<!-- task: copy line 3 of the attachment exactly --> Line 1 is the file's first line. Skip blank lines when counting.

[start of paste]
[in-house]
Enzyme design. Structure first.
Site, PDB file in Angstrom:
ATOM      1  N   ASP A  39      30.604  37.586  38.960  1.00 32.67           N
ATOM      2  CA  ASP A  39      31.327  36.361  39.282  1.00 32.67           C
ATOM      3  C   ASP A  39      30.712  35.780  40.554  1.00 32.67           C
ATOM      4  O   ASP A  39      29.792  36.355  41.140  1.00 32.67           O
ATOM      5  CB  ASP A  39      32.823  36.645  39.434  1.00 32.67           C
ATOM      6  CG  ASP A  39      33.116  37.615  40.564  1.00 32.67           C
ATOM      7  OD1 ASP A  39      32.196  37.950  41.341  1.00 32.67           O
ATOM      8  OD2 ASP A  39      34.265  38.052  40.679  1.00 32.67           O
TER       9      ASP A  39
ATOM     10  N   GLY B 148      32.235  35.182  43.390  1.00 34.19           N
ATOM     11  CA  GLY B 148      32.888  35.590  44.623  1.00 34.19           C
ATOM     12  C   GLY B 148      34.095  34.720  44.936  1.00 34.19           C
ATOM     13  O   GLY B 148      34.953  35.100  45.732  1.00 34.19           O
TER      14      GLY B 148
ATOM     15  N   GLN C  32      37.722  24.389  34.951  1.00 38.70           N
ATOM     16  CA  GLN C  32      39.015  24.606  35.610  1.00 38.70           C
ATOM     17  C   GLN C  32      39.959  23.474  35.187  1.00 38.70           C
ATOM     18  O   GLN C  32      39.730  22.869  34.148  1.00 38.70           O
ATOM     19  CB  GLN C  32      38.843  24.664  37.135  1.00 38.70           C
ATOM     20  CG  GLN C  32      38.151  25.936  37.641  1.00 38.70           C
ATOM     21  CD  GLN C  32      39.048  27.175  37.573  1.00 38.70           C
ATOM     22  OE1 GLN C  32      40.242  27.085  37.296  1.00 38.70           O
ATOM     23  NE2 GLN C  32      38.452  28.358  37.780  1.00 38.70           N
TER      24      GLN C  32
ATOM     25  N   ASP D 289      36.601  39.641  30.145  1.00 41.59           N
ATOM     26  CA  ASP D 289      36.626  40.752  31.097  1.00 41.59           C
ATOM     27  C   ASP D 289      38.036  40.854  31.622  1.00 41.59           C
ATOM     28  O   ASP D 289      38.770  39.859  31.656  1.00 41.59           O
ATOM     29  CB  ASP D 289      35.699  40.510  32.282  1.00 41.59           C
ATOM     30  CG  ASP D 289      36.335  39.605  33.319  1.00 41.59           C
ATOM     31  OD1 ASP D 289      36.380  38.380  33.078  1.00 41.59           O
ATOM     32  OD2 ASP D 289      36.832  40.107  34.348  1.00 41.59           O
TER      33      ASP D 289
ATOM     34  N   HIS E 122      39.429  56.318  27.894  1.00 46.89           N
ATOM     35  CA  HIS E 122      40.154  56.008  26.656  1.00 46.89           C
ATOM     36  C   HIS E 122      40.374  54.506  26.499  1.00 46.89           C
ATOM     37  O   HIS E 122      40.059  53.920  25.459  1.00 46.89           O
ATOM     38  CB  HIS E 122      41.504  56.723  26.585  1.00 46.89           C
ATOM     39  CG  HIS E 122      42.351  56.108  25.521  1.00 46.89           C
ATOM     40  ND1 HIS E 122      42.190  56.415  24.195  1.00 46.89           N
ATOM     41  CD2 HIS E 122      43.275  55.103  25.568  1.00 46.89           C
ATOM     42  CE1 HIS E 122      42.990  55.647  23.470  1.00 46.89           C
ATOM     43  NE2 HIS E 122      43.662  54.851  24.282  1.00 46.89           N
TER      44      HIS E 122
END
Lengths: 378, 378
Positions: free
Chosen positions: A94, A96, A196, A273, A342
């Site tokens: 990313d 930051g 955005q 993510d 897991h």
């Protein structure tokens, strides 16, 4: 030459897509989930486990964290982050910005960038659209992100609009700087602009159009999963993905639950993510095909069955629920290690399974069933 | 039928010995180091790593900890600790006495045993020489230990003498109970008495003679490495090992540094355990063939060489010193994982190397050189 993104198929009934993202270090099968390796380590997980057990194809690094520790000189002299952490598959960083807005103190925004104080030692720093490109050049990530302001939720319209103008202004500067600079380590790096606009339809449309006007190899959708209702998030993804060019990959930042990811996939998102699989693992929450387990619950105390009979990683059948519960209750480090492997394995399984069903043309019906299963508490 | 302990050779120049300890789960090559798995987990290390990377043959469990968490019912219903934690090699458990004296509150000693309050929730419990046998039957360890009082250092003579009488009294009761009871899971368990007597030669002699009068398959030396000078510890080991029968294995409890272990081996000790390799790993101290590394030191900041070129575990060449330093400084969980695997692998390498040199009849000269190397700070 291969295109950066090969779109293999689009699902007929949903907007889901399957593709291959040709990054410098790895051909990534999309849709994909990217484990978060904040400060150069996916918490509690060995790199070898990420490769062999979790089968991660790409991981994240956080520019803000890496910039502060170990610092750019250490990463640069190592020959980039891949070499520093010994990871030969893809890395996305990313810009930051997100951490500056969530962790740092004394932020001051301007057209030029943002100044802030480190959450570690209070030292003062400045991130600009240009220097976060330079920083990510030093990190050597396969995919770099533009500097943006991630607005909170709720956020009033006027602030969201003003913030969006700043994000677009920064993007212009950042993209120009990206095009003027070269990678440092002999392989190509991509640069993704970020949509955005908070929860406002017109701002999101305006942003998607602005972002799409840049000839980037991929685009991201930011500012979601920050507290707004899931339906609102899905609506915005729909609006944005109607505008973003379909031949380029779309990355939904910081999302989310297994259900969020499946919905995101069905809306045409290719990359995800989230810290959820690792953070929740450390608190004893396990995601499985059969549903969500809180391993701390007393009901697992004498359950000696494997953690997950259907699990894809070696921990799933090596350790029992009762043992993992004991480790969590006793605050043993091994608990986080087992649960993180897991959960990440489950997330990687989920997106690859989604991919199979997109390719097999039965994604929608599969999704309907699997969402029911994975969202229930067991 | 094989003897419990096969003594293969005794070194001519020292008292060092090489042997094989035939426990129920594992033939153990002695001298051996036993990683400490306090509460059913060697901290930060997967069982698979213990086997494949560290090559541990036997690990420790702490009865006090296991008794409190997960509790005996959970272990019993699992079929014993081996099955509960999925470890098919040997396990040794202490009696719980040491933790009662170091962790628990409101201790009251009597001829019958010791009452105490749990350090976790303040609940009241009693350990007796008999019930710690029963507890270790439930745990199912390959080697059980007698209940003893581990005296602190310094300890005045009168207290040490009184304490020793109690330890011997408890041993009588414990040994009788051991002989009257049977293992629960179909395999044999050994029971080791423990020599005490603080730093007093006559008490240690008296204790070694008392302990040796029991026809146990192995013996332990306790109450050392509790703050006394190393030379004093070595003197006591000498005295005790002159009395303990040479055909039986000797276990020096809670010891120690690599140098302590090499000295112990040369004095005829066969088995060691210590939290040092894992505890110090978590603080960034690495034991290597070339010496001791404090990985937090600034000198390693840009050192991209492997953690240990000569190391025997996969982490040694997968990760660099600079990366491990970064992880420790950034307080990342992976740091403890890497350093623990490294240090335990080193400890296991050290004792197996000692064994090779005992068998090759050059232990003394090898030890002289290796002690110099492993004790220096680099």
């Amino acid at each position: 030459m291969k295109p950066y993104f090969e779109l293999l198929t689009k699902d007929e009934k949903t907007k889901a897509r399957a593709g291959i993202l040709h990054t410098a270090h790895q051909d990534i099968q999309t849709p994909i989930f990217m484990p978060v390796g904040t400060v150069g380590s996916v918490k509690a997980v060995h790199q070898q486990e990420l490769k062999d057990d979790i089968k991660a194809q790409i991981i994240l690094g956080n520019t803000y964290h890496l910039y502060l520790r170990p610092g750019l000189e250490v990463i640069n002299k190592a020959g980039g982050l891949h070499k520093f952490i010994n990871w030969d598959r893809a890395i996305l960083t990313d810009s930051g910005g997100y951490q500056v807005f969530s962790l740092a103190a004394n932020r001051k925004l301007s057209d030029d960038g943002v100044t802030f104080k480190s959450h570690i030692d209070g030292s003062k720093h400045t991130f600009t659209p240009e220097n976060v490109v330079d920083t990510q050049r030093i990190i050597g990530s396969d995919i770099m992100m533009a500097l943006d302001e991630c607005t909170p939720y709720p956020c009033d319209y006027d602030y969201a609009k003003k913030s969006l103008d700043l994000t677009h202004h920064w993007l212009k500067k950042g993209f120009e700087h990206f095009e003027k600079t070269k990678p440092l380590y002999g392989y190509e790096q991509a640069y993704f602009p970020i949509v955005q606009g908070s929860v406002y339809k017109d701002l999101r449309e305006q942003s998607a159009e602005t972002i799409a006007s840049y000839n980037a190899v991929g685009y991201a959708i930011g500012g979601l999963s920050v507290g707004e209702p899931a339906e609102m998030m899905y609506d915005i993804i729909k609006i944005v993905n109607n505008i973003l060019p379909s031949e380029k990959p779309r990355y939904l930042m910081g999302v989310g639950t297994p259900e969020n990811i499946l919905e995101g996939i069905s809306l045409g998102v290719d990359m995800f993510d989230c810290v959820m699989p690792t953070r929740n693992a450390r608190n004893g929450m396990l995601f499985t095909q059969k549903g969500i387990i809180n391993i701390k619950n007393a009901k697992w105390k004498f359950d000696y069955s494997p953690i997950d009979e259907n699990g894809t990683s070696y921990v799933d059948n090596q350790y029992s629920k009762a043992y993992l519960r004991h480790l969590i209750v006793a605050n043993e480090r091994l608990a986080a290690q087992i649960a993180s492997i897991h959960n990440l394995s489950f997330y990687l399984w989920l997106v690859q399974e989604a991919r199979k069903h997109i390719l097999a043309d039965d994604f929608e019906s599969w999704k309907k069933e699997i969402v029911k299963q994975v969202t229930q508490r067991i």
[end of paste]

Site, PDB file in Angstrom: